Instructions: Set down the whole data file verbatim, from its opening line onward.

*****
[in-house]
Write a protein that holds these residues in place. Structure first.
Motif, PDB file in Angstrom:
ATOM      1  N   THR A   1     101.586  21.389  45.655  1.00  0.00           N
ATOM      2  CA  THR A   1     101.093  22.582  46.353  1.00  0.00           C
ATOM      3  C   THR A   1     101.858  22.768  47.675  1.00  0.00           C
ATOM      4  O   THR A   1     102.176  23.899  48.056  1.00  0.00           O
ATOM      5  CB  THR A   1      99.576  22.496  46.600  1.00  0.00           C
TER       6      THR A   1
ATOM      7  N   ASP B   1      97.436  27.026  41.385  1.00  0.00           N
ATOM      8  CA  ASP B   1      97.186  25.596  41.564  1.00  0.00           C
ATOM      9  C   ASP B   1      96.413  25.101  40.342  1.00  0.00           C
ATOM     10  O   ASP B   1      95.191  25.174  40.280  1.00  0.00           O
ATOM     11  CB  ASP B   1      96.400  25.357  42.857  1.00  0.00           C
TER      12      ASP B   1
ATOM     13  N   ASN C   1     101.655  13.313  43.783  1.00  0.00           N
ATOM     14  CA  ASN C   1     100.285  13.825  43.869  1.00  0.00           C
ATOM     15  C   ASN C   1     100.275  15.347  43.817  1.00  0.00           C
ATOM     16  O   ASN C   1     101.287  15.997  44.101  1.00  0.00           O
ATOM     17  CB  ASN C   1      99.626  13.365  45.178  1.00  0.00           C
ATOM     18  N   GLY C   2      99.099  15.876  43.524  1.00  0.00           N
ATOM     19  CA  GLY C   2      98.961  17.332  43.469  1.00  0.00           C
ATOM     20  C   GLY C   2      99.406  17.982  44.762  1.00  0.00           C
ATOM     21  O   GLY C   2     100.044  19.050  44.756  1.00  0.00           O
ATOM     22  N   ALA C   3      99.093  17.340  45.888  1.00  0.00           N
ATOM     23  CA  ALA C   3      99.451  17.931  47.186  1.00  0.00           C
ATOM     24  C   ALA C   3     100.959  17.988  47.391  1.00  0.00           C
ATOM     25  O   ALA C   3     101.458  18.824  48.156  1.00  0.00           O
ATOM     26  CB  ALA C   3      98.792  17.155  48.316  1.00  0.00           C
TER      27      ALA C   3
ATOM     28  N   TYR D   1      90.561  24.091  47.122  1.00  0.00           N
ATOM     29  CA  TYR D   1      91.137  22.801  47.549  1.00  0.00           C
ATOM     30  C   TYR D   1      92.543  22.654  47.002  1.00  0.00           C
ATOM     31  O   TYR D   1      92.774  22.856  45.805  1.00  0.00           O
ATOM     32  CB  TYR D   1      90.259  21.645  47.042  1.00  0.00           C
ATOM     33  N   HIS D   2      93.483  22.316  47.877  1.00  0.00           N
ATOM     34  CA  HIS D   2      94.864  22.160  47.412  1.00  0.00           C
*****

[in-house]
Write a protein that holds these residues in place. Structure first.
Motif, PDB file in Angstrom:
ATOM      1  N   THR A   1     101.586  21.389  45.655  1.00  0.00           N
ATOM      2  CA  THR A   1     101.093  22.582  46.353  1.00  0.00           C
ATOM      3  C   THR A   1     101.858  22.768  47.675  1.00  0.00           C
ATOM      4  O   THR A   1     102.176  23.899  48.056  1.00  0.00           O
ATOM      5  CB  THR A   1      99.576  22.496  46.600  1.00  0.00           C
TER       6      THR A   1
ATOM      7  N   ASP B   1      97.436  27.026  41.385  1.00  0.00           N
ATOM      8  CA  ASP B   1      97.186  25.596  41.564  1.00  0.00           C
ATOM      9  C   ASP B   1      96.413  25.101  40.342  1.00  0.00           C
ATOM     10  O   ASP B   1      95.191  25.174  40.280  1.00  0.00           O
ATOM     11  CB  ASP B   1      96.400  25.357  42.857  1.00  0.00           C
TER      12      ASP B   1
ATOM     13  N   ASN C   1     101.655  13.313  43.783  1.00  0.00           N
ATOM     14  CA  ASN C   1     100.285  13.825  43.869  1.00  0.00           C
ATOM     15  C   ASN C   1     100.275  15.347  43.817  1.00  0.00           C
ATOM     16  O   ASN C   1     101.287  15.997  44.101  1.00  0.00           O
ATOM     17  CB  ASN C   1      99.626  13.365  45.178  1.00  0.00           C
ATOM     18  N   GLY C   2      99.099  15.876  43.524  1.00  0.00           N
ATOM     19  CA  GLY C   2      98.961  17.332  43.469  1.00  0.00           C
ATOM     20  C   GLY C   2      99.406  17.982  44.762  1.00  0.00           C
ATOM     21  O   GLY C   2     100.044  19.050  44.756  1.00  0.00           O
ATOM     22  N   ALA C   3      99.093  17.340  45.888  1.00  0.00           N
ATOM     23  CA  ALA C   3      99.451  17.931  47.186  1.00  0.00           C
ATOM     24  C   ALA C   3     100.959  17.988  47.391  1.00  0.00           C
ATOM     25  O   ALA C   3     101.458  18.824  48.156  1.00  0.00           O
ATOM     26  CB  ALA C   3      98.792  17.155  48.316  1.00  0.00           C
TER      27      ALA C   3
ATOM     28  N   TYR D   1      90.561  24.091  47.122  1.00  0.00           N
ATOM     29  CA  TYR D   1      91.137  22.801  47.549  1.00  0.00           C
ATOM     30  C   TYR D   1      92.543  22.654  47.002  1.00  0.00           C
ATOM     31  O   TYR D   1      92.774  22.856  45.805  1.00  0.00           O
ATOM     32  CB  TYR D   1      90.259  21.645  47.042  1.00  0.00           C
ATOM     33  N   HIS D   2      93.483  22.316  47.877  1.00  0.00           N
ATOM     34  CA  HIS D   2      94.864  22.160  47.412  1.00  0.00           C